Five Strategies for a Successful Higher Ed Recruitment Contest

1. Solve a problem for your applicants

Both Acadia University and BI Norwegian use their contest to challenge a major objection that prospective students may have about applying to their school.

In hopes of growing their international student body, BI Norwegian looked into research showing what kept students from taking the leap to move to a new country to study.  

“We discovered that several papers pointed to the ‘hassle’ of relocating,” said Anette Skott, Marketing Manager at BI Norwegian Business School. “We wanted to remove some of that hassle for one lucky student, and built the campaign around what we wanted to do for the selected student to make the transition to Oslo as smooth as possible.”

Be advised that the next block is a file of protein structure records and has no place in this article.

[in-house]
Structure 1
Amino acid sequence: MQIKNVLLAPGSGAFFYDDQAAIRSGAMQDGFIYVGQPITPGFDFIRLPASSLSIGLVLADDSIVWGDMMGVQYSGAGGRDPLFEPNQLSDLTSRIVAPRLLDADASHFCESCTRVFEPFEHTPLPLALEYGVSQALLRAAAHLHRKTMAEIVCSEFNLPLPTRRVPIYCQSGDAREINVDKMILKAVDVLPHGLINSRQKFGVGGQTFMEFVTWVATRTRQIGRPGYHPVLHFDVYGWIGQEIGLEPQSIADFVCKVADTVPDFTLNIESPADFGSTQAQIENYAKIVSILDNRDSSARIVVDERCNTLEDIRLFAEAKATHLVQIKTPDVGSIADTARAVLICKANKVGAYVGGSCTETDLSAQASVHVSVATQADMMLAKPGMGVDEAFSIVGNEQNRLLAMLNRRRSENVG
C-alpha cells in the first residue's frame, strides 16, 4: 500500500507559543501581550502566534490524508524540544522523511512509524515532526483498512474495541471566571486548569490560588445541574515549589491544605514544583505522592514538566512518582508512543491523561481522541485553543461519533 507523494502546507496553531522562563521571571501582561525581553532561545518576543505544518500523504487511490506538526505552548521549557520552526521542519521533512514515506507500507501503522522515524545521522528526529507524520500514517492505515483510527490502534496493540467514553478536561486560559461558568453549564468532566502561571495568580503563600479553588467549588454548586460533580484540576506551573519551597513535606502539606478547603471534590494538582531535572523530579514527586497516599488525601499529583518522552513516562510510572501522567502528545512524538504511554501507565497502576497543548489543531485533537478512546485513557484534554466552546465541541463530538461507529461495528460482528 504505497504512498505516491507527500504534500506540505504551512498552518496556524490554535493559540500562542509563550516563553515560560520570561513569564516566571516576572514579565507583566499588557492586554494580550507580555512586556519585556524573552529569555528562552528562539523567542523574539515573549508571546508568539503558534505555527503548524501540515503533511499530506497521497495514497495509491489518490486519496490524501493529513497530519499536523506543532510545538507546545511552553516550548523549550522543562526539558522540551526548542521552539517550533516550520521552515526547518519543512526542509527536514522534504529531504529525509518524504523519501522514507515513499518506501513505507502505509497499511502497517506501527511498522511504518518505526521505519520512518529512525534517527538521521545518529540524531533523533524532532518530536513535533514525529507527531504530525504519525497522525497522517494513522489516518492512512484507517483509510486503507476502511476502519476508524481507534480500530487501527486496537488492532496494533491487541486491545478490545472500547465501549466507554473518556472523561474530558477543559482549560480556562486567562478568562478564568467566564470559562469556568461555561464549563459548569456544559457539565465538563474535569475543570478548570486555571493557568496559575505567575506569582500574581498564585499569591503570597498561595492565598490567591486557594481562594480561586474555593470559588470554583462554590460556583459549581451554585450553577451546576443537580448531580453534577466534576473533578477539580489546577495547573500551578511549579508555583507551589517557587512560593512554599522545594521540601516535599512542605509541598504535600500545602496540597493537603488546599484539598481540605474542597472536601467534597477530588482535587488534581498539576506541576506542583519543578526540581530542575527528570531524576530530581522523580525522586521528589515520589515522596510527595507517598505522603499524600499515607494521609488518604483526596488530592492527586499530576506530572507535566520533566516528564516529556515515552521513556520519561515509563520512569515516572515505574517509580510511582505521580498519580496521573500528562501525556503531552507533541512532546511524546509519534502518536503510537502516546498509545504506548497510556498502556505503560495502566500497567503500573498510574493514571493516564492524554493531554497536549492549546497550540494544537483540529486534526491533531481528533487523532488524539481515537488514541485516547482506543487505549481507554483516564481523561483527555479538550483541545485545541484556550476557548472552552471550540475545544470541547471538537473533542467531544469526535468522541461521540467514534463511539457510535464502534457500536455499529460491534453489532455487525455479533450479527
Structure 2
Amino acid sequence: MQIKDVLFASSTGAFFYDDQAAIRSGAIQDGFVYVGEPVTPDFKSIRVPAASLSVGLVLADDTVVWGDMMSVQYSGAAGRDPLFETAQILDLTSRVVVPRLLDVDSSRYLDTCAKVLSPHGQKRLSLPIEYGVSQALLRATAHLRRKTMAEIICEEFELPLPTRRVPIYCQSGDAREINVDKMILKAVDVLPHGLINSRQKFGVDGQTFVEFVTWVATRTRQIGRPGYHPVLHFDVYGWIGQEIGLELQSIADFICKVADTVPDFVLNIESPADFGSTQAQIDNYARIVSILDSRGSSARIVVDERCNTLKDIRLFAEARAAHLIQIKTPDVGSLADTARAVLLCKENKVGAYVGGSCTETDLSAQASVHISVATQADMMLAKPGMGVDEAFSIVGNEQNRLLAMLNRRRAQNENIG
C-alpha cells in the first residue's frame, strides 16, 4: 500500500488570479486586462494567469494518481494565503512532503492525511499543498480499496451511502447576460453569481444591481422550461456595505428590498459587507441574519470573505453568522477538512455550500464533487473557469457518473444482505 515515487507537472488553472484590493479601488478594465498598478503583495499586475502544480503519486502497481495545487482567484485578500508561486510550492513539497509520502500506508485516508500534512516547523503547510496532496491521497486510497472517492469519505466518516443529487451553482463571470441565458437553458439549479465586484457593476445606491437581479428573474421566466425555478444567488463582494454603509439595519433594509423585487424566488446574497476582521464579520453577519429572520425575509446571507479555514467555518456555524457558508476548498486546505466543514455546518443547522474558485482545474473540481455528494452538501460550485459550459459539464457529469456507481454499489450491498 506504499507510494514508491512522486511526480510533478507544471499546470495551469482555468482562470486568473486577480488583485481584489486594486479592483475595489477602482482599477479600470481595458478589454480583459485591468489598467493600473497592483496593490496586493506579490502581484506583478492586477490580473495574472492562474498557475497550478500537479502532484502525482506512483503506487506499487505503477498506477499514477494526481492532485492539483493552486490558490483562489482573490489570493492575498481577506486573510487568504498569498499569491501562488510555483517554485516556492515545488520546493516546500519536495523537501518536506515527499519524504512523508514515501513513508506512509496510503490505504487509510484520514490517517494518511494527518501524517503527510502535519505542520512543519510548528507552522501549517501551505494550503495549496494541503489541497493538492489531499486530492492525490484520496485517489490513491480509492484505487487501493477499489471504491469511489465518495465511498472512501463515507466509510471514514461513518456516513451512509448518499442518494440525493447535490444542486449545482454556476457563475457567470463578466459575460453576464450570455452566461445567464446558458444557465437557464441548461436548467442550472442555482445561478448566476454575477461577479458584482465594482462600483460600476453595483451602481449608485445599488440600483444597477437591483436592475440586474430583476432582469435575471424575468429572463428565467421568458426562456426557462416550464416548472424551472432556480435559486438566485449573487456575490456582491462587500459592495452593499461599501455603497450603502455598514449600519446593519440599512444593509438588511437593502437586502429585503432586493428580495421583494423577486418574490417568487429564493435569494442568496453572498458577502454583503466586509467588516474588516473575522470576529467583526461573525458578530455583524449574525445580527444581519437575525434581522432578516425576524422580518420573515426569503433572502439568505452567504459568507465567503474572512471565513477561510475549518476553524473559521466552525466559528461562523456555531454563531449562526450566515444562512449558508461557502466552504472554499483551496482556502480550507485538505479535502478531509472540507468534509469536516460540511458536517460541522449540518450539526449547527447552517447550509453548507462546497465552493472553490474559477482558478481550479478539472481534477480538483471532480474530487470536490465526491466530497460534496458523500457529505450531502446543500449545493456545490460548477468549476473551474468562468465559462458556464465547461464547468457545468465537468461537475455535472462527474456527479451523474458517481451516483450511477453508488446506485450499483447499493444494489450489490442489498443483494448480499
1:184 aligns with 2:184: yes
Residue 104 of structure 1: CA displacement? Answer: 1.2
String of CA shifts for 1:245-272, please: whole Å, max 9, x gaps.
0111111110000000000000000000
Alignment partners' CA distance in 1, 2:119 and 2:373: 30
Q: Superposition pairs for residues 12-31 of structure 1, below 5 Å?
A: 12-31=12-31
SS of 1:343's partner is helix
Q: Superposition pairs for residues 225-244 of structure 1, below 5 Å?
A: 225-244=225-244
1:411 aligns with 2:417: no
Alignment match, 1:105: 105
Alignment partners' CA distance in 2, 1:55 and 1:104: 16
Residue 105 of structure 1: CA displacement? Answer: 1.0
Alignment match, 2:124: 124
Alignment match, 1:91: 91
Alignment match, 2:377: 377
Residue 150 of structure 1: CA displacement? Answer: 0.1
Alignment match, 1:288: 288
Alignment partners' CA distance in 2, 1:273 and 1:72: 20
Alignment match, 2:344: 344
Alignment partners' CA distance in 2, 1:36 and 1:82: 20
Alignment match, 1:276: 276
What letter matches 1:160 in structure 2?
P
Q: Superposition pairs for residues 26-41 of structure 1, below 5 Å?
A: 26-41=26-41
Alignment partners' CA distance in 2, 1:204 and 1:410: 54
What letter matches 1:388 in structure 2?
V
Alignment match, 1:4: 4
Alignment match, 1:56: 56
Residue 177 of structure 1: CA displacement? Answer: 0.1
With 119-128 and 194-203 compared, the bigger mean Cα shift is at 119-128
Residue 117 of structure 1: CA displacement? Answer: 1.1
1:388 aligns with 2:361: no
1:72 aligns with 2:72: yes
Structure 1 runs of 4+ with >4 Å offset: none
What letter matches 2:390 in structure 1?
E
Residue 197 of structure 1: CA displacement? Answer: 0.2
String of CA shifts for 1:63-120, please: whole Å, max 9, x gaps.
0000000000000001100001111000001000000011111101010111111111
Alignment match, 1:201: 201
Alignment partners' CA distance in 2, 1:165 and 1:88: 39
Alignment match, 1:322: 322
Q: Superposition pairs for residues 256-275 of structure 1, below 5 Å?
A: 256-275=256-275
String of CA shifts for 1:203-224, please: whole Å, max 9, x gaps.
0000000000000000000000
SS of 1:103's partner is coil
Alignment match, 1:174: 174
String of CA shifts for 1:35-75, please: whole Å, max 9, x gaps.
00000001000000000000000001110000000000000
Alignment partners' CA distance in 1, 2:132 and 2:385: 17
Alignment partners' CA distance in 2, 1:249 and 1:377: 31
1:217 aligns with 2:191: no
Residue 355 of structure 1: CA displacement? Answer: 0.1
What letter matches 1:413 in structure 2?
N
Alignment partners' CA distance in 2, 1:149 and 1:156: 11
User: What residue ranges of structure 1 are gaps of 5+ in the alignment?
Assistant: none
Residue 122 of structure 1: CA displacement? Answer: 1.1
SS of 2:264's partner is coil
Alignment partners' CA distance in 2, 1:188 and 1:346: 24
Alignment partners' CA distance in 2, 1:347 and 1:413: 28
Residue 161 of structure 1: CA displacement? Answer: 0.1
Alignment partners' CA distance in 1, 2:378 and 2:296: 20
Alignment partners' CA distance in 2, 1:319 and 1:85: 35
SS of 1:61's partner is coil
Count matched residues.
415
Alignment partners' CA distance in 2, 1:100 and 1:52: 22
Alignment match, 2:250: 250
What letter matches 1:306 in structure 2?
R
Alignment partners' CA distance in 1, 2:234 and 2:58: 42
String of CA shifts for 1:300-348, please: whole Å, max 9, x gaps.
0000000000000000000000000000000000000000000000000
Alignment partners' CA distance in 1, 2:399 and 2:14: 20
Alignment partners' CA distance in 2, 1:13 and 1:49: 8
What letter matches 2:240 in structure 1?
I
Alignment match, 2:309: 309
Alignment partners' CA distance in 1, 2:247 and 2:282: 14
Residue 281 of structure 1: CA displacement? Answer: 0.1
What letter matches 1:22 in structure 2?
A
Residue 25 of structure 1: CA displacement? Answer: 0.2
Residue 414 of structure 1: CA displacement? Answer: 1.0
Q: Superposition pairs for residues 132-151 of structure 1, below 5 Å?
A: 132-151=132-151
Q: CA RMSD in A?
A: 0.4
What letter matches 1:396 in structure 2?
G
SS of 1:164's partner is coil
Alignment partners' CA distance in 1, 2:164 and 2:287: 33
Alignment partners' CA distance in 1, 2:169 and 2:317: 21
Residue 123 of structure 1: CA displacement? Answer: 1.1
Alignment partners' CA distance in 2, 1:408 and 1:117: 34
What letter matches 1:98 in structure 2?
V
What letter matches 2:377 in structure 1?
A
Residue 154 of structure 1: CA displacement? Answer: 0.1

With rising student debt, Acadia University wanted to give students the excitement of the possibility that their room might be paid for Acadia.

“We can take away that worry, entirely, for one student. And it just might be what makes them choose to come here,” added Scott Roberts, Executive Director, Communications & Public Relations at Acadia University.

2. Focus on your school’s strengths

At Acadia, around 40 percent of all undergraduate students live on campus and the school has plentiful housing. So, Win Your Room aligns with one of the biggest benefits of choosing Acadia: A second-to-none residence experience.

“We know the students who live in our residences are the students who do better in school, they have more robust social support systems, and they are engaged more directly in the university. They also become strong and loyal alumni,” said Roberts.